Sending warm wishes for the holidays and the coming new year!

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The Noisy Road Home

pic by sume

The road to the house was long, dark and noisy.  Very little was visible except for the dusty tunnel of illumination created by the headlights.  I could see the scattered lights of nearby houses but they seemed dim and insignificant.  What stood out to me most was the noise.  Even at thirty miles per hour, the crunching of the tires against the rock road was so loud, I could barely hear K on the phone.  I wanted to describe the scene to him, but all I remember saying was, “Oh my god.  When does it end?”

We’d arrived late after overshooting our destination and ending up near Fort Worth.  I felt ragged but wired after the long drive from NC.  I was excited to see everyone, but couldn’t push away feelings of arriving as the guest, the near stranger, the intruder.  This was their home, not mine.  Almost ten years had passed since the last time I’d seen my dad and his new family.  So much had changed while I’d been away.  I’d changed and changed again.

I’d traveled this road many times before as an 18 year-old.  Dad had bought land in the area not long after we’d moved back to Texas from Nebraska.  When time allowed, I’d come out to help build the barn or whatever project he had going on at the time.  I moved to Irving before he built the house and only visited three or four times after leaving Texas to live in Florida.  I’d missed almost all of my new siblings’ adolescent years.  New sister #1 had magically turned 18.  New Twin Brother and Sister were 15.

A few years ago, Dad sold the land and the house they’d built in favor of building a new house on the neighboring property.  I didn’t really have much of a history with the old place and none with the new one.  It would be my first time to see the new place with my own eyes.  Time had gotten away from me.   The years had flown by so quickly but thinking about all that had changed drove home just how much time had passed.  I was going home, but I don’t think I’ve ever felt more lost and disoriented.  Displaced again.

As we continued down the road, my dad in his car leading the way, me in the middle and my friend following in the moving truck, the grinding seem to get louder.  Somehow it added meaning to the moment.  I’m not sure why.  Maybe because I felt that as I traveled further down that road, my chances of going back were slowly being ground away.  And I wanted to go back.  It was as if I were being escorted to a prison cell after so many years of being on the run.  I’d escaped this place only to be brought back blindfolded with my hands tied.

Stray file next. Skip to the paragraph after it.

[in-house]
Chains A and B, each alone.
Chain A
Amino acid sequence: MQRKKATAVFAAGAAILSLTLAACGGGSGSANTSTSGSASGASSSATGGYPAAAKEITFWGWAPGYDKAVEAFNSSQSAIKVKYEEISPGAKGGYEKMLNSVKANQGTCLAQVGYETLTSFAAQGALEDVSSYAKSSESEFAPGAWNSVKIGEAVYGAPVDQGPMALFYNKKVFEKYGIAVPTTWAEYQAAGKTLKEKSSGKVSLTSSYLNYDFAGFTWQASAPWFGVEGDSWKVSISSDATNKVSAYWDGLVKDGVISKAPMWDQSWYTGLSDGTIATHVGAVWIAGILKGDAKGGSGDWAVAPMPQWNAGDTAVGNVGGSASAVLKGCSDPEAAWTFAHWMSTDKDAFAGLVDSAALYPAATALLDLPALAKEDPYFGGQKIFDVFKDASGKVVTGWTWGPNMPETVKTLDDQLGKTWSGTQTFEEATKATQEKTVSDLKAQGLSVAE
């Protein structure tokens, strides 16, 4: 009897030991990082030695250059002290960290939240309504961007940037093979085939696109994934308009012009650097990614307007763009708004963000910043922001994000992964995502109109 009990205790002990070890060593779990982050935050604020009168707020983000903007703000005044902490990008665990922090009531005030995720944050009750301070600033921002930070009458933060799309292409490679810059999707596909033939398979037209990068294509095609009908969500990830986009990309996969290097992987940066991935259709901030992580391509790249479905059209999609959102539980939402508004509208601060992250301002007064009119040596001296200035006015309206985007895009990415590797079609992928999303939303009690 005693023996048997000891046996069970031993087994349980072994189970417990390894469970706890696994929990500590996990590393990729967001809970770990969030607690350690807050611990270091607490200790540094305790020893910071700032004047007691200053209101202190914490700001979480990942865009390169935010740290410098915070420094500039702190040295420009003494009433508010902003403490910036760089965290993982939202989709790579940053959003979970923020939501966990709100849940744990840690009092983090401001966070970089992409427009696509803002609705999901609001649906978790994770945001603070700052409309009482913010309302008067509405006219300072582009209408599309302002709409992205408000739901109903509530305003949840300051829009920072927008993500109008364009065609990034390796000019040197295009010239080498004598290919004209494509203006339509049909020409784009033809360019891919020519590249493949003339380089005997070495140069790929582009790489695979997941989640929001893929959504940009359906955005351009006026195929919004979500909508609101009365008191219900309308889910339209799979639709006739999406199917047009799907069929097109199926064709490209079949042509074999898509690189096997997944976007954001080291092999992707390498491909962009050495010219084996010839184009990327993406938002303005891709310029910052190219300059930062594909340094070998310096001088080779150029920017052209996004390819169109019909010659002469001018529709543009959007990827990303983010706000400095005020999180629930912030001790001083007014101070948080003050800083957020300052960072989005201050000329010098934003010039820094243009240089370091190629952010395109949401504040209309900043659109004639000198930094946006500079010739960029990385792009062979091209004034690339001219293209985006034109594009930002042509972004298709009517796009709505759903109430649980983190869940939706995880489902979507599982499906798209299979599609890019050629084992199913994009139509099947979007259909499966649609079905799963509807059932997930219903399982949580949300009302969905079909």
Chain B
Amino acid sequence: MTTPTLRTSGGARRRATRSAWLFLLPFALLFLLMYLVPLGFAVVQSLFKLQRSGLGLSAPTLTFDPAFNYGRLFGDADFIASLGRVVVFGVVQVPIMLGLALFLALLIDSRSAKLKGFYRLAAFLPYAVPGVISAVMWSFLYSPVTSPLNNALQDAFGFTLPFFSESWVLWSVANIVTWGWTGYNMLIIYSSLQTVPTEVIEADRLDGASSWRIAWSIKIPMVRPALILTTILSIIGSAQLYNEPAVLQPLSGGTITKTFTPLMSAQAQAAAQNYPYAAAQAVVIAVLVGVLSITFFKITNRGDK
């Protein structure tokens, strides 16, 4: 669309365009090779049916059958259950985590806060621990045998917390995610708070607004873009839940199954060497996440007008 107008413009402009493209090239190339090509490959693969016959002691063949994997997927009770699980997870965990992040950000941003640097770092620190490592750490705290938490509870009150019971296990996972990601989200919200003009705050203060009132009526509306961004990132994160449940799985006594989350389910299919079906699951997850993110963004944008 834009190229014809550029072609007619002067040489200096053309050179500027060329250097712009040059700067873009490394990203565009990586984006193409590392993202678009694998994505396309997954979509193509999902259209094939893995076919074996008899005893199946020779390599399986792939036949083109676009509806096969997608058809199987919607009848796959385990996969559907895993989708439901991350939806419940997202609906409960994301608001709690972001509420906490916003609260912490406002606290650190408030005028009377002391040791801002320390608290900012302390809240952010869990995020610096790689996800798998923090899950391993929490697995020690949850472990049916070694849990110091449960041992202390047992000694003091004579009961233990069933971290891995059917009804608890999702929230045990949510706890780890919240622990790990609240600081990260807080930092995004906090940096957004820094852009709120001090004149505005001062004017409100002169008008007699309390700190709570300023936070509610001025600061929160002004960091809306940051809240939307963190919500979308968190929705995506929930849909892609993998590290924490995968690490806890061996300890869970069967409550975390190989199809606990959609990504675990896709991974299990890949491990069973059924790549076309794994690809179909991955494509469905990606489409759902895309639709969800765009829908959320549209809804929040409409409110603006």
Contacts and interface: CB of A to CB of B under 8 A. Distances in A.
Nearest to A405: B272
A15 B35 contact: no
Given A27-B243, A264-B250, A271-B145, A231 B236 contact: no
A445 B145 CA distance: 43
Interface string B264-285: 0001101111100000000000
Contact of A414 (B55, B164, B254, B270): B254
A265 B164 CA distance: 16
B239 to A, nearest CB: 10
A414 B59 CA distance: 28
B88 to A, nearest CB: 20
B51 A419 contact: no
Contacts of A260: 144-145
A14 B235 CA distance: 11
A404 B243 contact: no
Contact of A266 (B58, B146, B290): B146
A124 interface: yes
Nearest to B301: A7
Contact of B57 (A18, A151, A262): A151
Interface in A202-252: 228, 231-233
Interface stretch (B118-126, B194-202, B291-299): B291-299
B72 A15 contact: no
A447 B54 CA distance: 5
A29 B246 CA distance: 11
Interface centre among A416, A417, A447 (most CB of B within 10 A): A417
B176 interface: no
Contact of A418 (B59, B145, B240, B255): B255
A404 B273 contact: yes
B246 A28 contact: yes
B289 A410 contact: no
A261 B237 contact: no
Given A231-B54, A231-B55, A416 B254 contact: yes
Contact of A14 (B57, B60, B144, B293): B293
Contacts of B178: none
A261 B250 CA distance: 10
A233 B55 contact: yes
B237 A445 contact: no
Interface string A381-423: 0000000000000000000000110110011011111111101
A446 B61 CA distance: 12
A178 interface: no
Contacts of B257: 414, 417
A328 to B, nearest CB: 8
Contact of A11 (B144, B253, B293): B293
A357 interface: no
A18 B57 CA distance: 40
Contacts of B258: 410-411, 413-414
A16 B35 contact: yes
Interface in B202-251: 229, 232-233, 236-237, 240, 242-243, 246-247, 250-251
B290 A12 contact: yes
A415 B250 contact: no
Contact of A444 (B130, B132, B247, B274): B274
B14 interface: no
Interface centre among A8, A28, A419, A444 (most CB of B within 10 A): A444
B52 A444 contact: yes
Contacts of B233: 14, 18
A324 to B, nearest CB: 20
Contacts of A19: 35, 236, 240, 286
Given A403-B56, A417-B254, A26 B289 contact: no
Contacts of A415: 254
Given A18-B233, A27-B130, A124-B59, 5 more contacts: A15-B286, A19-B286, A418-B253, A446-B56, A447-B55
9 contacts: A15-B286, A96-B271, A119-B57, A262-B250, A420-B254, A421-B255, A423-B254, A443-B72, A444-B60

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ADK’s recent interview with

Through the Lens

She appeared a little shy when asked to strike a pose for the camera. That might explain why Anh Dao Kolbe, a gay and lesbian activist, said she felt more comfortable behind the lens.

“I used to be desperately shy and my camera has always been my security blanket,” says Kolbe, now 38. “Photography is a good way of meeting people and pushing through that shyness.”

Kolbe, who self-identifies as a queer, believes in the power of photography to create public awareness on gay and lesbian rights. A self-taught photographer for over a decade, the Vietnamese activist uses her images to educate people about gay, lesbian, bisexual and transgendered (GLBT) issues, HIV/AIDS prevention, and to make the GLBT people more visible in the community.

“I like to document people’s lives, trying to capture their true spirits,” says Kolbe, now a health program manager at MAP for Health. “When people look at my photographs and ask why I took them, I take that as a compliment. It means I can explain and teach them my perspective–no matter what you are, either straight or gay, you can be proud of yourself and be successful as who you are.”

Kolbe says she takes a lot of pride having triple identities: being lesbian, Vietnamese and adopted. Born in Vietnam in 1970, she was adopted by her Greek artist mother and German architect father when she was 6 months old. The young Kolbe came to New York City in 1972. Two years later, she moved to the Middle East and spent four years in Qatar and nine years in Oman, where she had a blessed, carefree childhood with her adopted parents.

continue reading